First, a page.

by Deal Hudson
March 7, 2008
LifeNews.com Note: Deal W. Hudson is the director of the Morley Institute for Church & Culture, and is the former publisher and editor of CRISIS Magazine, a Catholic monthly. He is the author of six books and his articles and comments have been published in many newspapers and magazines.
A new and unusual film festival focused on pro-life issues will be held in San Francisco today. The Cinema Vita Film Festival is "dedicated to encouraging emerging filmmakers, showcasing movies about contemporary issues concerning life, and exploring life’s deep significance."
Sponsored by the Archdiocese of San Francisco, the Diocese of Oakland, and St. Ignatius Press, Cinema Vita was conceived by four pro-life laywomen. With the help of San Francisco’s pro-life community, the festival became a reality.
I had the chance to view the films and I was very impressed.
Submissions of these short films — most in the five-minute range — were made in three categories: high school, college, and open, the highest number of entries being in the high school category. Festival judges are actress Jennifer O’Neill; Rev. Michael Morris, O.P., film and art historian at Dominican School of Philosophy & Theology; Doug Sherman, founder and chairman of Immaculate Heart Radio; Vicki Evans, Respect Life Program Coordinator at the Archdiocese of San Francisco; and me.
Bill and Marjorie Campbell are one of the two couples helping to underwrite the fledgling festival. "We see this as an ongoing project that will grow like the San Francisco Walk for Life," Marjorie told me. "We were inspired to support it because of the success of films like Bella and Juno. The arts, especially film, are much more effective at conveying a pro-life message than strident political debates."
One of the biggest stories concerning religion in the past several years is the explosion of Christian interest in producing films, ignited by the success of Mel Gibson’s The Passion of the Christ. The grassroots marketing campaign for The Passion left in its wake a spate of companies and ad hoc networks attempting to tap into the same audience.
This interest in film as a medium of evangelization clearly appeals to Catholic investors like the Campbells.
"You have a much better chance to change people’s minds when they go to movies, because the movies are not an attack on you. Films invite people to reflect; political debate often creates division and separate camps."
Connie D’Aura was among the group of pro-lifers who first discussed having a pro-life film festival.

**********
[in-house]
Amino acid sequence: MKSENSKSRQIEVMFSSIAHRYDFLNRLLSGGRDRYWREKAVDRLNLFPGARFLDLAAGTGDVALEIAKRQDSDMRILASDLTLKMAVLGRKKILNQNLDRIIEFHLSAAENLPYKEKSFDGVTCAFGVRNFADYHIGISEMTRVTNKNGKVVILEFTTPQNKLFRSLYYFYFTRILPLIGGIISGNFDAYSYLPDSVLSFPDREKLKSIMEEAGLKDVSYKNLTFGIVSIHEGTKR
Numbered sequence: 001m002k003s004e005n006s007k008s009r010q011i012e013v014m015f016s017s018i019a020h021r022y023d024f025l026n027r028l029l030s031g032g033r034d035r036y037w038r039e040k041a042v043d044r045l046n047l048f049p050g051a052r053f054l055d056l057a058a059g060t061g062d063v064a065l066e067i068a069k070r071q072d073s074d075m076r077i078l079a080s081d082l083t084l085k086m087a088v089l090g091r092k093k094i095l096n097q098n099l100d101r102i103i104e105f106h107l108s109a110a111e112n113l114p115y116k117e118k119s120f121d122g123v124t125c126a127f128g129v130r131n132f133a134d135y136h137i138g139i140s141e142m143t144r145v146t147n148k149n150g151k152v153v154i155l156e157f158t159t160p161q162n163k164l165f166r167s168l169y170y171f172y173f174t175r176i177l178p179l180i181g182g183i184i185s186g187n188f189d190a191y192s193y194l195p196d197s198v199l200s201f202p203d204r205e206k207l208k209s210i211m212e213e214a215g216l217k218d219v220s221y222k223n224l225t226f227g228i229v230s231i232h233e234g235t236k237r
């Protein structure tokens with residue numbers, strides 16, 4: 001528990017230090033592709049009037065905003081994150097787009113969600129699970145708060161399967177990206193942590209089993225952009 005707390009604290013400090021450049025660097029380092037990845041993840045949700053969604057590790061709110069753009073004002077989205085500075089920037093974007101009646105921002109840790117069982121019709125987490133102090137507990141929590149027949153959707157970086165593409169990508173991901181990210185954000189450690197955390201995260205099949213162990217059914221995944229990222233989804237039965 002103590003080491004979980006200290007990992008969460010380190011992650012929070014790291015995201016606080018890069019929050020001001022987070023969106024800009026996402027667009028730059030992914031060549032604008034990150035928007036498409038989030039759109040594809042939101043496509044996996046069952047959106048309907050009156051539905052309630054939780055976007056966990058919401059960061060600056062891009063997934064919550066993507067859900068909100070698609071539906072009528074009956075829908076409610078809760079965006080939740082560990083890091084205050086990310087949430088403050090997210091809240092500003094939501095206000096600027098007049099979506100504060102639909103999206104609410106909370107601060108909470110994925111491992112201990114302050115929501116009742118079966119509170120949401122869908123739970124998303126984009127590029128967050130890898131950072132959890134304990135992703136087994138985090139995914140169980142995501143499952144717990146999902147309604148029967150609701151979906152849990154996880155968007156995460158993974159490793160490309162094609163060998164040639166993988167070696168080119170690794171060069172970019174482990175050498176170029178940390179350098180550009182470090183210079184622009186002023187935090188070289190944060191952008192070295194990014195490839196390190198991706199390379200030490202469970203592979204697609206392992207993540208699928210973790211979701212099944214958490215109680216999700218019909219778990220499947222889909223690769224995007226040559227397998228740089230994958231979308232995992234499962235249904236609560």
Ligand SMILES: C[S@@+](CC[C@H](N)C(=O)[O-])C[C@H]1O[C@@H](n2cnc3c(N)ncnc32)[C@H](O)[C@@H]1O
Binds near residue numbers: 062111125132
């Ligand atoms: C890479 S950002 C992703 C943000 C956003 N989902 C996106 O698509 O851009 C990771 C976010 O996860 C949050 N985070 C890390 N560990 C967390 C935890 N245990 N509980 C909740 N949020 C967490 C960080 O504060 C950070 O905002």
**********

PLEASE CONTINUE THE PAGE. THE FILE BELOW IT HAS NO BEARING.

"I was in a meeting talking about how we could bring Bella to San Francisco when somebody said we should have our own film festival." No one said anything at the time, but Connie brought it up at another meeting several months later, and a decision was made on the spot to launch Cinema Vita.
Using networks in San Francisco and Oakland, especially through the Walk for Life West Coast, Connie and her friends got the word out. Films were to be approximately five minutes in length and address the "significance of life." Wording the criterion this way ensured that not all the films would be about abortion. "We think this will be a big success — the word got out, especially on the Internet, and we got submissions from Texas, Arizona, and North Carolina. But we expect it to be even bigger and better next year."
The festival itself, in addition to the awards, will feature a showing of After the Truth, a fictional recreation of a trial in contemporary Germany of the notorious Dr. Josef Mengele, the "angel of death" who performed human experiments on the prisoners at Auschwitz. In the movie, Mengele kidnaps an attorney in order to return to Germany to tell his story, without remorse. In reality, Mengele escaped to South America, living first in Argentina, then Brazil, eluding capture before dying of a stroke in 1979. (In 1978, the film The Boys from Brazil was released, based upon the novel by Ira Levin, starring Gregory Peck as Mengele.)
The film about Mengele was suggested by festival organizer and judge Vicki Evans, who considers the Mengele story especially relevant for current arguments over bioethics, such as experimentation on embryonic stem cells. She thinks having a film festival is a no-brainer:
Everyone loves to go to the movies and lose themselves in the silver screen. Why not present films that will give an audience positive themes to reflect upon? And why not encourage emerging filmmakers to use their art in support of an ethical society?
The winners of the Cinema Vita contest were contacted today, and several of them are making the journey to San Francisco to receive their awards in person. Marjorie Campbell hopes that some of these participants will be encouraged to learn the trade of making films. "We need to encourage Catholic artists; they are under-represented in the film industry, and much of what is being made for a Catholic audience suffers from a lack of quality."
Having seen the films myself, I can report that several of them were well-made and incredibly powerful. We will be showing some of these films on InsideCatholic.com over the next few weeks, in the hope of stimulating interest for next year’s festival. (I was surprised that there weren’t more students from Catholic colleges represented, given the time that many of them spend on YouTube!)
One film in particular, whose title I cannot mention, packed a particular punch, and I will be interested to see the reaction when it is posted. It’s an impressive example of how Catholic artists can express their faith through their art.
The films submitted to Cinema Vita are only the first wave from a generation of young Catholic filmmakers who may well surpass the past generation of polemicists in combating the culture of death.